Labeling items involves many skills that the students will use later on in different subjects. Becoming a proficient labeler helps promote good work habits through skills such: using books to research information, writing letters while recording the labels, and increasing vocabulary skills as the students discuss label choices with their table partners.
Illustrating the labels allows readers to understand what the writer is trying to say and aids in comprehension. A picture clue can help a reader decode the written word.
When the time is up I blow two short blasts on my whistle and use the “Stop, look, listen” technique mentioned above.
“When I say go, I would like you to clean up your space remembering to take care of our things, push in your chair, and use walking feet to go and take a spot on your dot.”
Students know to put completed work in the finished work bin. Any work that is not completed goes into the under construction bin and can be completed throughout the day whenever the student finds he/she has spare time or it will be completed during free choice center time.
Once all of the students are seated on their spots on the rug I tell them, “Your exit ticket for today is to tell me a feature I would find on a map. Because there are only a limited number of features there maybe some repeated answers today and that’s okay.”
I use the fair sticks to select the order in which the students will go.
Once the student has told me a feature that can be found on a map, they are free to go and use the hand sanitizer and go to get their snack.
If the student is unable to give me a response they can do one of two things. They can:
Using this easy formative assessment tool gives me an opportunity to see if a student can quickly recall one feature from the story or the activity. The students have all just worked on symbols and used map features so it should not be difficult for the students to respond to this request. However, if a student does have a hard time coming up with a response I will take note because I need to find out if the student had difficulty because he/she has trouble holding information or if the student was not paying attention to either the story or the activity. Knowing the answer to this question will determine how I handle the situation.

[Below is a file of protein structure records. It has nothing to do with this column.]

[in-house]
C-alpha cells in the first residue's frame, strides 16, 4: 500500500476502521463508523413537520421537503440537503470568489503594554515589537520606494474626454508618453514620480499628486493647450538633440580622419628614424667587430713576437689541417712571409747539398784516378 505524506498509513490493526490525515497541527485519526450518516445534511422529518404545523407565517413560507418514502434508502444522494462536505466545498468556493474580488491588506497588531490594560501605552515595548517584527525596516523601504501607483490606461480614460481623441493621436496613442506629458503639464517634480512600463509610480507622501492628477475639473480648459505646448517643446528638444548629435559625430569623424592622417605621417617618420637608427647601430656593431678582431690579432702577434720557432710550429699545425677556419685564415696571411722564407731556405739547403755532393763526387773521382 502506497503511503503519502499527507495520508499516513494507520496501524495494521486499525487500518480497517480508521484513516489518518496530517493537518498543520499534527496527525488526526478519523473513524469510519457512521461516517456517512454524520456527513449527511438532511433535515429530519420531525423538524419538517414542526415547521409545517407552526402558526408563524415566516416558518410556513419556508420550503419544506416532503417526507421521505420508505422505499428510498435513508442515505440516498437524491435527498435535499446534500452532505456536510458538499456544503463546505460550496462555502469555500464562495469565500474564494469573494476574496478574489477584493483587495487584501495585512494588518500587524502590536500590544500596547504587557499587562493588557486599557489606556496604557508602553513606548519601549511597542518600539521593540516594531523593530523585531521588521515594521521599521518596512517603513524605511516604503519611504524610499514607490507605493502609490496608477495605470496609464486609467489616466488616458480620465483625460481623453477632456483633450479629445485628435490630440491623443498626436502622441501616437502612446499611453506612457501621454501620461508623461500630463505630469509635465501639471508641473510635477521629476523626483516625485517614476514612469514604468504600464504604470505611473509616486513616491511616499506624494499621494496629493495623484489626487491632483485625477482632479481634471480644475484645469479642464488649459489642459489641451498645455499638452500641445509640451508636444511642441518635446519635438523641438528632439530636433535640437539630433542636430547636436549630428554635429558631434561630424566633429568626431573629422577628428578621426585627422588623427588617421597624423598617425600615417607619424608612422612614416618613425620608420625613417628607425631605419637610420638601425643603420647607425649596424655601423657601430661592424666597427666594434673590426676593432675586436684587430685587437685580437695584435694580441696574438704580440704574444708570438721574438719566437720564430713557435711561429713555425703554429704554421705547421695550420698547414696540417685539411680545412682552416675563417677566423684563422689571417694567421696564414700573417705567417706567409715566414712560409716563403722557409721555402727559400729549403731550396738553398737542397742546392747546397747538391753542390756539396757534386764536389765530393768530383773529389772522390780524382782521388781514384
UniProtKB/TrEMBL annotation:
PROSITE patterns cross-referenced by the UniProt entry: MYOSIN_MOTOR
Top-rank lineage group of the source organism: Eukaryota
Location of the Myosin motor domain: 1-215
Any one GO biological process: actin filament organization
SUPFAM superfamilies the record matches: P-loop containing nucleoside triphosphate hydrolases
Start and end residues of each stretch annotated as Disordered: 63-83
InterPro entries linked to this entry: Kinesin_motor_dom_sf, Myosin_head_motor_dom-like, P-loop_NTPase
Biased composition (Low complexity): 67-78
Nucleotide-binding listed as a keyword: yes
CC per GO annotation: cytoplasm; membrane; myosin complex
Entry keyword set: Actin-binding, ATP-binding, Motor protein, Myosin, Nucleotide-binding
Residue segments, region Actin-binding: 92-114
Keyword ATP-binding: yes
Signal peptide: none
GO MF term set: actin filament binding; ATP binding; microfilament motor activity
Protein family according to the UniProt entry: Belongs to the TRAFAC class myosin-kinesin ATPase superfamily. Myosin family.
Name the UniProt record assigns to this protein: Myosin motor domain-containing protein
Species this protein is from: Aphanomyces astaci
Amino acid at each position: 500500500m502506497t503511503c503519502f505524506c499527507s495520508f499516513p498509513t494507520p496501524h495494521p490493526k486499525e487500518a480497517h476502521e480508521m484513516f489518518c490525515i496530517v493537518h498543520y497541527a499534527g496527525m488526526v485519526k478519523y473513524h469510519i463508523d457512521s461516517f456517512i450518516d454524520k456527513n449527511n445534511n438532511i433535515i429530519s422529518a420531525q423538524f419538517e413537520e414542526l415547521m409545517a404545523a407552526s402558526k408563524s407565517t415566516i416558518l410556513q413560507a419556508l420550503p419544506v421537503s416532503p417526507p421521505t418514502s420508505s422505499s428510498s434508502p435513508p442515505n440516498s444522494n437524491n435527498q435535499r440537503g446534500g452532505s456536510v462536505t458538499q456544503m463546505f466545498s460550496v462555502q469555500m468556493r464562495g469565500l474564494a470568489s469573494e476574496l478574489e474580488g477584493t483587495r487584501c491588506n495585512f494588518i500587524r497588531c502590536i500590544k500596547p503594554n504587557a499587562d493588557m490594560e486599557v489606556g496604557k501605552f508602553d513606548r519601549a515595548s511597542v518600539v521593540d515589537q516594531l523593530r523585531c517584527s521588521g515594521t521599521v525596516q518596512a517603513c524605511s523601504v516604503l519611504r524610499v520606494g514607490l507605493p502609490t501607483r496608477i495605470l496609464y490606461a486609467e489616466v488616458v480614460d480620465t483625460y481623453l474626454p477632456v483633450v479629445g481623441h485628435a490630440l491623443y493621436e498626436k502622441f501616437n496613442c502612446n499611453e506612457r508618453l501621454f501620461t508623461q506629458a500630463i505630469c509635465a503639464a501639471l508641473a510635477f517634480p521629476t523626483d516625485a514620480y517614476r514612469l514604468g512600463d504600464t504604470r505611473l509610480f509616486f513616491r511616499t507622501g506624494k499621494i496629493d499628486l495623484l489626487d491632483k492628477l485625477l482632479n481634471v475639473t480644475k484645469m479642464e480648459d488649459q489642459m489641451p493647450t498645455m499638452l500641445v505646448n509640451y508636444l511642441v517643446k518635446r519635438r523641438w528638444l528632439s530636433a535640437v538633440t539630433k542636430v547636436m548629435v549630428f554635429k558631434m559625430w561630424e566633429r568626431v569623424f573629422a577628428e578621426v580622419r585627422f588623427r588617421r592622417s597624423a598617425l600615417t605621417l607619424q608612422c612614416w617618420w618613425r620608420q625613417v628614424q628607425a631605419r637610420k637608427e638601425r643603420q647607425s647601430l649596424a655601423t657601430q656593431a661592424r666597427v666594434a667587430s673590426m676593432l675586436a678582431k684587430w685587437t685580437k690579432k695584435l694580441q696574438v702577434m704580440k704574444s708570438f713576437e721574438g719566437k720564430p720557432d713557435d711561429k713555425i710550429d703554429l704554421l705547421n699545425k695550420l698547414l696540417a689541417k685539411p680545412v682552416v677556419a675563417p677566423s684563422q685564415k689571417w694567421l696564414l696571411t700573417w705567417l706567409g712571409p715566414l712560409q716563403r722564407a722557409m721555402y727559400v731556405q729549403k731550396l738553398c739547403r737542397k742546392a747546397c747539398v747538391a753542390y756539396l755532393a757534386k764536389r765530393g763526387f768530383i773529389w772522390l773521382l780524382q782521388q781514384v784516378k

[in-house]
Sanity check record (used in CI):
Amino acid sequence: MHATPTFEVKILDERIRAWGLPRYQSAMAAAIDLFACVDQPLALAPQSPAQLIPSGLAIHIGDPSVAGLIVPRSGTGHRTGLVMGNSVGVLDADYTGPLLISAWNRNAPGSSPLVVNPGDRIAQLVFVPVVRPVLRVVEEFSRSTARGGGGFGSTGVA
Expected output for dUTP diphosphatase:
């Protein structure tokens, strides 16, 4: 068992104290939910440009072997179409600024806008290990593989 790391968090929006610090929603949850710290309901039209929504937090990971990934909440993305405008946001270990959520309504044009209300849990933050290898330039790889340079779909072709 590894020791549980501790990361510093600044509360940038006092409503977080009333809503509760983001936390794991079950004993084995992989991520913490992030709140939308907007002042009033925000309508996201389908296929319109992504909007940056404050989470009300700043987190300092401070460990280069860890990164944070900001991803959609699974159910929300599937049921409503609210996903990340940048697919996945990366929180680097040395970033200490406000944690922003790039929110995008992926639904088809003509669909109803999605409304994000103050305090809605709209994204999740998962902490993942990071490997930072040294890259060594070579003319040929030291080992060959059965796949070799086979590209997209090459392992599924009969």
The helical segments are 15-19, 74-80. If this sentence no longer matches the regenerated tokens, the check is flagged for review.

For this activity I use the Map Symbol Checklist to go over the student’s work. The checklist serves two purposes. First, the checklist helps me stay focused on what I am looking for in the student’s work which shows me whether the student has met the objectives set for the assignment. If the student does not meet the objectives then I know I need to re-teach the lesson in a different way to the student during a small group session or one-on-one.
Secondly the checklist helps convey information to the student’s family about how well their child is doing in the classroom.
The student may also go over the checklist to see where they did well and see what areas they could improve on.
Once the checklist is complete I can attach it to the students work and place it in his/her collection portfolio.
At another station the students make a map symbol book. They must first trace the landform or manmade feature vocabulary word, color the picture and then create a symbol to represent the item on the map.
Students are working on using non-standard measurement as they are given an activity where they start at the work station and use heel-toe steps to various items around the classroom. they have to note how many "steps" it takes to get them to the assigned location.